View details for DOI 10.1021/acs.nanolett.7b03313
View details for Web of Science ID 000415029000062
View details for PubMedID 28991484
Reactive Fe-Sites in Ni/Fe (Oxy)hydroxide Are Responsible for Exceptional Oxygen Electrocatalysis Activity
JOURNAL OF THE AMERICAN CHEMICAL SOCIETY
2017; 139 (33): 11361–64
Fe is a critical component of record-activity Ni/Fe (oxy)hydroxide (Ni(Fe)OxHy) oxygen evolution reaction (OER) catalysts, yet its precise role remains unclear. We report evidence for different types of Fe species within Ni(Fe)OxHy- those that are rapidly incorporated into the Ni oxyhydroxide from Fe cations in solution (and that are likely at edges or defects) and are responsible for the enhanced OER activity, and those substituting for bulk Ni that modulate the observed Ni voltammetry. These results suggest that the exceptional OER activity of Ni(Fe)OxHy does not depend on Fe in the bulk or on average electrochemical properties of the Ni cations measured by voltammetry, and instead emphasize the role of the local structure.
View details for DOI 10.1021/jacs.7b07117
View details for Web of Science ID 000408519600014
View details for PubMedID 28789520
- Influence of Electrolyte Cations on Ni(Fe)OOH Catalyzed Oxygen Evolution Reaction CHEMISTRY OF MATERIALS 2017; 29 (11): 4761–67
- Measurement Techniques for the Study of Thin Film Heterogeneous Water Oxidation Electrocatalysts CHEMISTRY OF MATERIALS 2017; 29 (1): 120–40
- Fe (Oxy)hydroxide Oxygen Evolution Reaction Electrocatalysis: Intrinsic Activity and the Roles of Electrical Conductivity, Substrate, and Dissolution CHEMISTRY OF MATERIALS 2015; 27 (23): 8011–20
- Oxygen Evolution Reaction Electrocatalysis on Transition Metal Oxides and (Oxy)hydroxides: Activity Trends and Design Principles CHEMISTRY OF MATERIALS 2015; 27 (22): 7549–58
Revised Oxygen Evolution Reaction Activity Trends for First-Row Transition-Metal (Oxy)hydroxides in Alkaline Media
JOURNAL OF PHYSICAL CHEMISTRY LETTERS
2015; 6 (18): 3737–42
First-row transition-metal oxides and (oxy)hydroxides catalyze the oxygen evolution reaction (OER) in alkaline media. Understanding the intrinsic catalytic activity provides insight into improved catalyst design. Experimental and computationally predicted activity trends, however, have varied substantially. Here we describe a new OER activity trend for nominally oxyhydroxide thin films of Ni(Fe)O(x)H(y) > Co(Fe)O(x)H(y) > FeO(x)H(y)-AuO(x) > FeO(x)H(y) > CoO(x)H(y) > NiO(x)H(y) > MnO(x)H(y). This intrinsic trend has been previously obscured by electrolyte impurities, potential-dependent electrical conductivity, and difficulty in correcting for surface-area or mass-loading differences. A quartz-crystal microbalance was used to monitor mass in situ and X-ray photoelectron spectroscopy to measure composition and impurity levels. These new results provide a basis for comparison to theory and help guide the design of improved catalyst systems.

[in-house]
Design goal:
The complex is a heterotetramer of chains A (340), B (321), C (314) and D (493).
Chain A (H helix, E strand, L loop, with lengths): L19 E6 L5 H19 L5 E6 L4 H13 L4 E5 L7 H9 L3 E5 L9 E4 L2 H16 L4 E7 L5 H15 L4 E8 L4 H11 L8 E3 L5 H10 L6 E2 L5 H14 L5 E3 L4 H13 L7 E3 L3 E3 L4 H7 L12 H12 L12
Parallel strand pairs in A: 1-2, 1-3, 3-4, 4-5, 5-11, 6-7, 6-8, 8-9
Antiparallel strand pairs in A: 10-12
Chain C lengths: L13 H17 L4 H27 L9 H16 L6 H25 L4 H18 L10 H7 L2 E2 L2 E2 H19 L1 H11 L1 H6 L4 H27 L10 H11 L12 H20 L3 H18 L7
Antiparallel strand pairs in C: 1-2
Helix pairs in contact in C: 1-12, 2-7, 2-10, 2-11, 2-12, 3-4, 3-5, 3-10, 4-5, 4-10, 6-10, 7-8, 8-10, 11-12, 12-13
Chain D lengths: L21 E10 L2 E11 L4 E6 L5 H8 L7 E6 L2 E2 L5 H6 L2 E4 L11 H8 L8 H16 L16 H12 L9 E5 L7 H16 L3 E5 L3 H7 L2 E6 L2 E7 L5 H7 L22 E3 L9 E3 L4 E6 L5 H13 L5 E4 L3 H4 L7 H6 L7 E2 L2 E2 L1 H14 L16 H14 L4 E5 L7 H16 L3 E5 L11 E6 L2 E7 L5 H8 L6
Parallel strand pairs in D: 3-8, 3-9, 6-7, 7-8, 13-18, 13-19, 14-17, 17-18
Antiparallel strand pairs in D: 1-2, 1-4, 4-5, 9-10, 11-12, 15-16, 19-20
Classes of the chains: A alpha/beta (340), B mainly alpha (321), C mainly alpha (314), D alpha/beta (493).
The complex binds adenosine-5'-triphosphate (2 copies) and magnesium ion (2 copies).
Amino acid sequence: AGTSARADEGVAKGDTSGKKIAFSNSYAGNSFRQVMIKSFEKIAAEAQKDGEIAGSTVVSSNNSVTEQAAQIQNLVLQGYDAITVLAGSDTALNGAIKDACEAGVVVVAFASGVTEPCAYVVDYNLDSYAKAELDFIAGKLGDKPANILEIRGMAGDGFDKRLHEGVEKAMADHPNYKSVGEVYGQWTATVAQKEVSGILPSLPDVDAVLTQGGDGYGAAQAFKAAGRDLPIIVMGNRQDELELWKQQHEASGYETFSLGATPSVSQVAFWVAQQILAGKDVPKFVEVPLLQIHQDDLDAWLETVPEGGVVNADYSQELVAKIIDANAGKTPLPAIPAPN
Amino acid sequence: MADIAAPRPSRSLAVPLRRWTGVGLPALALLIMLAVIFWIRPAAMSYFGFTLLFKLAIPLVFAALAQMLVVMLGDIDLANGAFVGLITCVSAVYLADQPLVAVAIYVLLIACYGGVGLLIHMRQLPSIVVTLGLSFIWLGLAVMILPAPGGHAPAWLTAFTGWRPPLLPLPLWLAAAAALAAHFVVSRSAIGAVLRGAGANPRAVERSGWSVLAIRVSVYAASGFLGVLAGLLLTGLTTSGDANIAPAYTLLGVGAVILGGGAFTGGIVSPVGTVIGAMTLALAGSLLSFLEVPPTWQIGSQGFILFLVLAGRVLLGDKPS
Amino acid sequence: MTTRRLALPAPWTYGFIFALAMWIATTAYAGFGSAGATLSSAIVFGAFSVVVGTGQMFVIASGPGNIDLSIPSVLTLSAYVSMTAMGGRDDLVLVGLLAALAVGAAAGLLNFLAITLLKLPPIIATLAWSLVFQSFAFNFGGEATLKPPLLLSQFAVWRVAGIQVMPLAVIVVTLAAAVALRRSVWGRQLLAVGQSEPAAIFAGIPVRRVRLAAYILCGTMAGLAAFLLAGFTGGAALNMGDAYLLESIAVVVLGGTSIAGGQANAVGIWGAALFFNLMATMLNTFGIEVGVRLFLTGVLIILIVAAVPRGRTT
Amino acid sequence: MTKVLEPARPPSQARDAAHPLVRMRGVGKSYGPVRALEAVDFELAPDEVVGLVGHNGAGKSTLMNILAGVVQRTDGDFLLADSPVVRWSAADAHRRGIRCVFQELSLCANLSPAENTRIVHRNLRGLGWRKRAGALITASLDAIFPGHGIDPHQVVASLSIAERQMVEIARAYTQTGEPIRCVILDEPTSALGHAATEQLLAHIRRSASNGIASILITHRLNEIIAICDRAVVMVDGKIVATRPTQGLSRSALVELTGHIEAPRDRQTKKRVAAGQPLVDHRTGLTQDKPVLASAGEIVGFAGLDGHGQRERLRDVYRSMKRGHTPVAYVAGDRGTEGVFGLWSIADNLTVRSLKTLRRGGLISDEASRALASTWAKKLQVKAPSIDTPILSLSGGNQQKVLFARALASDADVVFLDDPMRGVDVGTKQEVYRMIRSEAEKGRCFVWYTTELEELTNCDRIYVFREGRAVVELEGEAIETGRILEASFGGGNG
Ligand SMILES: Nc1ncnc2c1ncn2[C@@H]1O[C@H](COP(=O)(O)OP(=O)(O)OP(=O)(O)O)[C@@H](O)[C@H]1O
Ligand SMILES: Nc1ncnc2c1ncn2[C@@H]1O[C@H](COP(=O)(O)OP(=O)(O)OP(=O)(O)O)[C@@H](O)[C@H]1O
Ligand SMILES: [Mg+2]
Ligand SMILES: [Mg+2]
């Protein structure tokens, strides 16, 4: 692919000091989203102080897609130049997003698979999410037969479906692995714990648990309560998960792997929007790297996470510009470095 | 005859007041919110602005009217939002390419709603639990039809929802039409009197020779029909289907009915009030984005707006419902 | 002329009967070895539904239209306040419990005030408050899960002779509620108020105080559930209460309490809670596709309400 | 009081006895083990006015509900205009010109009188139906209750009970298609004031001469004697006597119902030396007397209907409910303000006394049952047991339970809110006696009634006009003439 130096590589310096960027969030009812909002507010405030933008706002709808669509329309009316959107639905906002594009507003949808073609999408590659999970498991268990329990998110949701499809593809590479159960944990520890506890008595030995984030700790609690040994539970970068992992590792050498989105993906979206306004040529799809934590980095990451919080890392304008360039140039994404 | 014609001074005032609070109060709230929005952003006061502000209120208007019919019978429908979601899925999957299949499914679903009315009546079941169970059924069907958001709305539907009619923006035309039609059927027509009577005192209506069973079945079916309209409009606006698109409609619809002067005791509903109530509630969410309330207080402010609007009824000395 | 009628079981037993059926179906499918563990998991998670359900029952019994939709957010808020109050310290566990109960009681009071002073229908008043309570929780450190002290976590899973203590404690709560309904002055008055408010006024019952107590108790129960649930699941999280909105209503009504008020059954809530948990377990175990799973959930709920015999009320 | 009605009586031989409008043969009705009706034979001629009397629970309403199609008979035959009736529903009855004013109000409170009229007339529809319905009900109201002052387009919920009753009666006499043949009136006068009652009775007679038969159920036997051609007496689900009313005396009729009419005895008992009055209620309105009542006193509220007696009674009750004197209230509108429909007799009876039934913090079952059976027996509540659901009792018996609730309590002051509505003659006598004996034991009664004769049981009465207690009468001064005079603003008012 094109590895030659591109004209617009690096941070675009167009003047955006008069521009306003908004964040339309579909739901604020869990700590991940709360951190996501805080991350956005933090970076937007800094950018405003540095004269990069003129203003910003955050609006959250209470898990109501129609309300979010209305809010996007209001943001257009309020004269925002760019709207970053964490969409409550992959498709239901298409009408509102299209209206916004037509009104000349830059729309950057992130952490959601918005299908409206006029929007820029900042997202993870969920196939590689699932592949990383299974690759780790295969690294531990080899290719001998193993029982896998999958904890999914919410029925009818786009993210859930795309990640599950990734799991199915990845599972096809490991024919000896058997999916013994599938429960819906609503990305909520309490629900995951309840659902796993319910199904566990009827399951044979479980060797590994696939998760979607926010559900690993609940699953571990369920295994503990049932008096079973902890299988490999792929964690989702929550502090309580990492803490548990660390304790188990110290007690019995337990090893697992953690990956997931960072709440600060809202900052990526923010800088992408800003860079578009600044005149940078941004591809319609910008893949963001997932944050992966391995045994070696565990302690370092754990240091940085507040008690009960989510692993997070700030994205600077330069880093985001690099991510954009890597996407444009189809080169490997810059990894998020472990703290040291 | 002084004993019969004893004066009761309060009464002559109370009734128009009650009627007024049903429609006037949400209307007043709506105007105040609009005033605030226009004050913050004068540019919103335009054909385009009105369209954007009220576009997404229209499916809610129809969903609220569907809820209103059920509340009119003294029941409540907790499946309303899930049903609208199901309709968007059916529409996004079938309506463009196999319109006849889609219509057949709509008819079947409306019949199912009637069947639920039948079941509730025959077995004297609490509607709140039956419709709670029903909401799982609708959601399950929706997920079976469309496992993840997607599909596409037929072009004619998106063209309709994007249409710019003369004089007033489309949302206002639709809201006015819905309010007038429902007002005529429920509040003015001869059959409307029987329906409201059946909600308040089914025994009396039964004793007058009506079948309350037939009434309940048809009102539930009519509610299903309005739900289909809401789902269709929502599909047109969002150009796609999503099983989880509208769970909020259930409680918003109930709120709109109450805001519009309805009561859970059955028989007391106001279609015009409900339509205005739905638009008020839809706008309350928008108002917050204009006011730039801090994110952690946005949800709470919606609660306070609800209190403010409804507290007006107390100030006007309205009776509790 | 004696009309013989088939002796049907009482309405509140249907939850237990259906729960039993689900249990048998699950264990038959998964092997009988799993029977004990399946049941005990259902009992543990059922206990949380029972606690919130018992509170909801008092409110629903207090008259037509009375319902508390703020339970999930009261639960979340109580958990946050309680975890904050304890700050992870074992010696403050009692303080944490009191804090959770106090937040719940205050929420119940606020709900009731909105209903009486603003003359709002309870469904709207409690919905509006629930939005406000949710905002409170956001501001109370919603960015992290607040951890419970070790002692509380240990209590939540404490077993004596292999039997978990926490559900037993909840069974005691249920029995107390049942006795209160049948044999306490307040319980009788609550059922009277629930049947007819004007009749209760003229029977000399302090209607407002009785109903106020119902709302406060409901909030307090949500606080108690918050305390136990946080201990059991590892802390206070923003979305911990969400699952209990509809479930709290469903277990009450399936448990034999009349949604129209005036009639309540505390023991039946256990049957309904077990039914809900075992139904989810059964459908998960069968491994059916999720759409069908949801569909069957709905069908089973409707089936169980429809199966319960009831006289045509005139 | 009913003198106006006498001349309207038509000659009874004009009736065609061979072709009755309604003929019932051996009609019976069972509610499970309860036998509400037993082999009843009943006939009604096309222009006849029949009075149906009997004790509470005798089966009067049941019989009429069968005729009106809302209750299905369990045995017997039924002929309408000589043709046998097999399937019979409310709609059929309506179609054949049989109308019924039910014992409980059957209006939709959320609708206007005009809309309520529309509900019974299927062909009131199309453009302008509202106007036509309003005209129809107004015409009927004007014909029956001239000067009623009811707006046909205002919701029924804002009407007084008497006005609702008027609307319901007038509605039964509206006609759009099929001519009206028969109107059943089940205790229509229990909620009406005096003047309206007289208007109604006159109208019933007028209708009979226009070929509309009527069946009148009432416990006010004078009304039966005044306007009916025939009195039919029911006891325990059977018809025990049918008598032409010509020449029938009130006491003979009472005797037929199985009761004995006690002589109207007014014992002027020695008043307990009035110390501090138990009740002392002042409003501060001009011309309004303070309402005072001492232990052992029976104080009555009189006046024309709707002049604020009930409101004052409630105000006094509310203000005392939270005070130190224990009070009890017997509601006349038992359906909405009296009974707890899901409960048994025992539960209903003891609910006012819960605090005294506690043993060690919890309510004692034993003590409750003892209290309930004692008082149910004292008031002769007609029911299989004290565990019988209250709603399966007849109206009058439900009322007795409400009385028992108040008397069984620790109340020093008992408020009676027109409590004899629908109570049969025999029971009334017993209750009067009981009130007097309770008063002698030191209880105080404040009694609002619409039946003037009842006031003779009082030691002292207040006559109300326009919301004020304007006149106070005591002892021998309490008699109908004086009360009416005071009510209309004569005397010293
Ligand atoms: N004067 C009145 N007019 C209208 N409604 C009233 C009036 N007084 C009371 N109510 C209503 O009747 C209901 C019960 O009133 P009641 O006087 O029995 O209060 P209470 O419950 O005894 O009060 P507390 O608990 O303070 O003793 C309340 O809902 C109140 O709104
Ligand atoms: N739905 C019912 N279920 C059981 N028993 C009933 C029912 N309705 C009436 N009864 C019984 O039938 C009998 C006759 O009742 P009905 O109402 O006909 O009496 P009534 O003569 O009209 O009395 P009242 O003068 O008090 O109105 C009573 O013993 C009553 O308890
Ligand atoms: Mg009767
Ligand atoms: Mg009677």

View details for DOI 10.1021/acs.jpclett.5b01650
View details for Web of Science ID 000361858800036
View details for PubMedID 26722749
Cobalt-Iron (Oxy)hydroxide Oxygen Evolution Electrocatalysts: The Role of Structure and Composition on Activity, Stability, and Mechanism
JOURNAL OF THE AMERICAN CHEMICAL SOCIETY
2015; 137 (10): 3638–48
Cobalt oxides and (oxy)hydroxides have been widely studied as electrocatalysts for the oxygen evolution reaction (OER). For related Ni-based materials, the addition of Fe dramatically enhances OER activity. The role of Fe in Co-based materials is not well-documented. We show that the intrinsic OER activity of Co(1-x)Fe(x)(OOH) is ∼100-fold higher for x ≈ 0.6-0.7 than for x = 0 on a per-metal turnover frequency basis. Fe-free CoOOH absorbs Fe from electrolyte impurities if the electrolyte is not rigorously purified. Fe incorporation and increased activity correlate with an anodic shift in the nominally Co(2+/3+) redox wave, indicating strong electronic interactions between the two elements and likely substitutional doping of Fe for Co. In situ electrical measurements show that Co(1-x)Fe(x)(OOH) is conductive under OER conditions (∼0.7-4 mS cm(-1) at ∼300 mV overpotential), but that FeOOH is an insulator with measurable conductivity (2.2 × 10(-2) mS cm(-1)) only at high overpotentials >400 mV. The apparent OER activity of FeOOH is thus limited by low conductivity. Microbalance measurements show that films with x ≥ 0.54 (i.e., Fe-rich) dissolve in 1 M KOH electrolyte under OER conditions. For x < 0.54, the films appear chemically stable, but the OER activity decreases by 16-62% over 2 h, likely due to conversion into denser, oxide-like phases. We thus hypothesize that Fe is the most-active site in the catalyst, while CoOOH primarily provides a conductive, high-surface area, chemically stabilizing host. These results are important as Fe-containing Co- and Ni-(oxy)hydroxides are the fastest OER catalysts known.
View details for DOI 10.1021/jacs.5b00281
View details for Web of Science ID 000351420800034
View details for PubMedID 25700234
Contributions to activity enhancement via Fe incorporation in Ni-(oxy) hydroxide/borate catalysts for near-neutral pH oxygen evolution
2015; 51 (25): 5261–63
Ni-borate materials are oxygen evolution catalysts that operate at near-neutral pH and have been found previously to improve due to structural changes induced via anodic conditioning. We find that this increased activity after conditioning at 0.856 V vs. SCE, as measured on a turn-over frequency basis (TOF) at 400 mV overpotential (TOF = 0.38 s(-1)), accompanies significant Fe incorporation (14%). Films conditioned in Fe-free electrolyte exhibit ∼10 times lower activity (TOF = 0.03 s(-1)). By co-depositing Fe-Ni we demonstrate high activity without conditioning (TOF = 0.24 s(-1)) which improves further with shortened (∼30 min) conditioning (TOF = 1.4 s(-1)).
View details for DOI 10.1039/c4cc08670h
View details for Web of Science ID 000351393600012
View details for PubMedID 25579228